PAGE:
Booz Allen Hamilton’s roots go back 101 years. But that hasn’t stopped the management consulting giant from trying to play a key role in the Financial District’s emerging innovation hub, dominated by much younger entrepreneurs.
Booz Allen is planning a major downtown expansion as it makes its Boston office an important center for its data science and analytics operations.
The McLean, Va., company expects to move from its Batterymarch Street office into about 13,000 square feet at 50 Milk St. in February. That’s the same building where the Cambridge Innovation Center opened a Boston outpost of its tech startup space last year, spanning a number of floors.
Booz Allen’s executive vice president, Fred Blackburn, said he expects that within 18 months the Boston office will add 100 data scientists — the kind of experts who use analytics to solve business problems. That’s in addition to the 67 current employees moving from the much smaller office on Batterymarch Street. Blackburn said the firm could hire an additional 100 people in the subsequent 18 months. It employs about 22,500 people globally.
“There’s such a rich talent pool here in the Boston space,” Blackburn said. “We really see this as a key innovation hub for us as we go forward. There just flat out isn’t the quality and richness of the talent pool anywhere else.”
Booz Allen’s local expansion can be traced back nearly three years, when its executives embarked on an aggressive strategy to pursue private-sector clients. At the time, nearly all of its revenue came from the federal government. That’s because the consultancy had split up in 2008, with Booz Allen retaining the government-focused workers. The commercial-sector teams were placed under the Booz & Co. banner (and later acquired by PwC).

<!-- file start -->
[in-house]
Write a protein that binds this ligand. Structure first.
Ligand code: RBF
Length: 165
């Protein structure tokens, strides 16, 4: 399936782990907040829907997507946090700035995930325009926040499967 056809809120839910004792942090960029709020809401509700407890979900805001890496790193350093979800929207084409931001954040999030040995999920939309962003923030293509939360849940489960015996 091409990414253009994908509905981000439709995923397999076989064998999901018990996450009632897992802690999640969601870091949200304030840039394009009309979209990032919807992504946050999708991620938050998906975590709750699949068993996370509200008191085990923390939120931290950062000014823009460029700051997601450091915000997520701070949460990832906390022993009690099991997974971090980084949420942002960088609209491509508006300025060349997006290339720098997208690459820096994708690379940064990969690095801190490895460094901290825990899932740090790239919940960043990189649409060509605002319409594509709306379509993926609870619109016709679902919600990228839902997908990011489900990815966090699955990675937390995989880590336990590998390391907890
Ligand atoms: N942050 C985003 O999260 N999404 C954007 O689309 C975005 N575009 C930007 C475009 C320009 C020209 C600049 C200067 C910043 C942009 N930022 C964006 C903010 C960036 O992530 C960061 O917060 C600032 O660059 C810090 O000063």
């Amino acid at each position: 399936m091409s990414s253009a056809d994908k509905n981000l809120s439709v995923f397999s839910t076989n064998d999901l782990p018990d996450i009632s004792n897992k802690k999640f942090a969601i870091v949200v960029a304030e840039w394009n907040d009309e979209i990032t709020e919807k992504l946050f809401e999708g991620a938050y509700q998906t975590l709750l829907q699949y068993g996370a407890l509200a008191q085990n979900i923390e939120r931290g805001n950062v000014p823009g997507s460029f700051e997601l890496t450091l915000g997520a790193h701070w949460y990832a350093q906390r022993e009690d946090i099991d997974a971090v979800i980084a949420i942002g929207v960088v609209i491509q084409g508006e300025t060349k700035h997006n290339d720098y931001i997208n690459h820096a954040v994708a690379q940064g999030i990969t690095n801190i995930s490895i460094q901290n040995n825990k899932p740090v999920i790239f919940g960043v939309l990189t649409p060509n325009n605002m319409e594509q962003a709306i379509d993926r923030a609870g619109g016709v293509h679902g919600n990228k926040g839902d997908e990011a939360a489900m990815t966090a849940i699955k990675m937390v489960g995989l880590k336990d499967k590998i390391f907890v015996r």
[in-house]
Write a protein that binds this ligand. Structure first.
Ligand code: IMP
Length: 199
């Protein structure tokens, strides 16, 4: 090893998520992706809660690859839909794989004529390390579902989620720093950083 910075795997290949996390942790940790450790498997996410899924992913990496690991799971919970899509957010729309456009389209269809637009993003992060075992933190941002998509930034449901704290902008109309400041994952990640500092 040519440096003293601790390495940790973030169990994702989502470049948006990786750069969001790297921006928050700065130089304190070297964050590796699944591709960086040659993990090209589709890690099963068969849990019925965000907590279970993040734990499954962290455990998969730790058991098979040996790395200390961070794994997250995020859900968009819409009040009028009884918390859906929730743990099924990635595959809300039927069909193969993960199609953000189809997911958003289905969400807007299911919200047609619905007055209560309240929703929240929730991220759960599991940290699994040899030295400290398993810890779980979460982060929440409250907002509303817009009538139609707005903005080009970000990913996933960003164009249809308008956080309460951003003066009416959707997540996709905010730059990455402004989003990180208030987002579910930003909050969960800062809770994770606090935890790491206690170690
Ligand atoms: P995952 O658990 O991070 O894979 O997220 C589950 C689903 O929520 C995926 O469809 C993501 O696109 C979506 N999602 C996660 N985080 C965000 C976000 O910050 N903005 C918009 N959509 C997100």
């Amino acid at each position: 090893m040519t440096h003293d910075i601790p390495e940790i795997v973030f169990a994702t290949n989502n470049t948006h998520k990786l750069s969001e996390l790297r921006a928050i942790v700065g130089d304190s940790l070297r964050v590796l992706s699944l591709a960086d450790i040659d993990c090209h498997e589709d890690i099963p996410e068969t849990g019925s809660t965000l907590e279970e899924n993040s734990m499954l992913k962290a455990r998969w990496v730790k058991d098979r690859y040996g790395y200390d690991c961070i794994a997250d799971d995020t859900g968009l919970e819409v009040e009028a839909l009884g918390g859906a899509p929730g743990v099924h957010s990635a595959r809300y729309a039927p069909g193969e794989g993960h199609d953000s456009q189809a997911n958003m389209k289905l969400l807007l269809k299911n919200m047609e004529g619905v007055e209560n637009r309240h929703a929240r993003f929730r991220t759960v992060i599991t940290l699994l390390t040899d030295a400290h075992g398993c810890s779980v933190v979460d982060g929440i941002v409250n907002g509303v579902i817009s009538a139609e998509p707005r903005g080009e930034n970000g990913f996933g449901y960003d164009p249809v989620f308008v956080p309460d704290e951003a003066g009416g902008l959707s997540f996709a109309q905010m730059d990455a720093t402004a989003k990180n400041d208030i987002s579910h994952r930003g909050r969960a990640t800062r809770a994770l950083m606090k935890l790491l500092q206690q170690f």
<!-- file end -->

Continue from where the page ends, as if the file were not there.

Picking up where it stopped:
Booz Allen managers saw the data analytics practice in Boston as a prime resource, one that could make the firm more attractive to private-sector clients by showing them ways to use data-crunching to solve real-world business problems. So they began ramping up local staffing levels.
Recently, Booz Allen has made a point of embedding itself within Boston’s innovation community, chief scientist Alex Cosmas said.
One example: The company just set aside $10,000 for a prize for the MIT $100K Entrepreneurship Competition, to award a team in the business plan contest that most effectively uses data analytics for business innovation.
Another example: Last year, Booz Allen bought Epidemico, a nearly 30-person Boston firm that specializes in analyzing population health data.
“There are Booz Allen consultants volunteering their time willingly to go to meetups, to go to seminars, [to visit] local universities every single day,” Cosmas said.
Cosmas said Booz Allen considered the Seaport District and Cambridge for its new Boston-area office. But the Cambridge Innovation Center’s expansive startup space on the other side of Post Office Square, in a building formerly occupied by the investment bank Brown Brothers Harriman, made staying in the Financial District particularly appealing. Booz Allen expects to co-host events with the center.
Stas Gayshan, managing director at the center, said it could be helpful for many of the nearly 200 startups at the Boston outpost to forge relationships with the management consultancy.
“Large companies are really good at scaling innovation,” Gayshan said. “It’s the way you take innovation to the world.”
Blackburn said that Booz Allen focuses on big companies for traditional consulting revenue. But he sees opportunities among startups for revenue-sharing agreements or to take small equity stakes in these young firms, he said.
And, of course, there’s the hunt for talent. Mixing with recent college graduates can only help as Booz Allen looks to fill positions in its rapidly expanding local staff. (In total, it employs about 180 people in Greater Boston, including at offices in Lexington and Westborough and the Epidemico operation.)
And it’s not just the density of data-analytics talent in Boston that Booz Allen finds attractive. It’s the attitude.
“The culture in Boston is to care about the public good, to solve tough problems, and not just create the next billion-dollar company [or] turn a quick buck,” Cosmas said.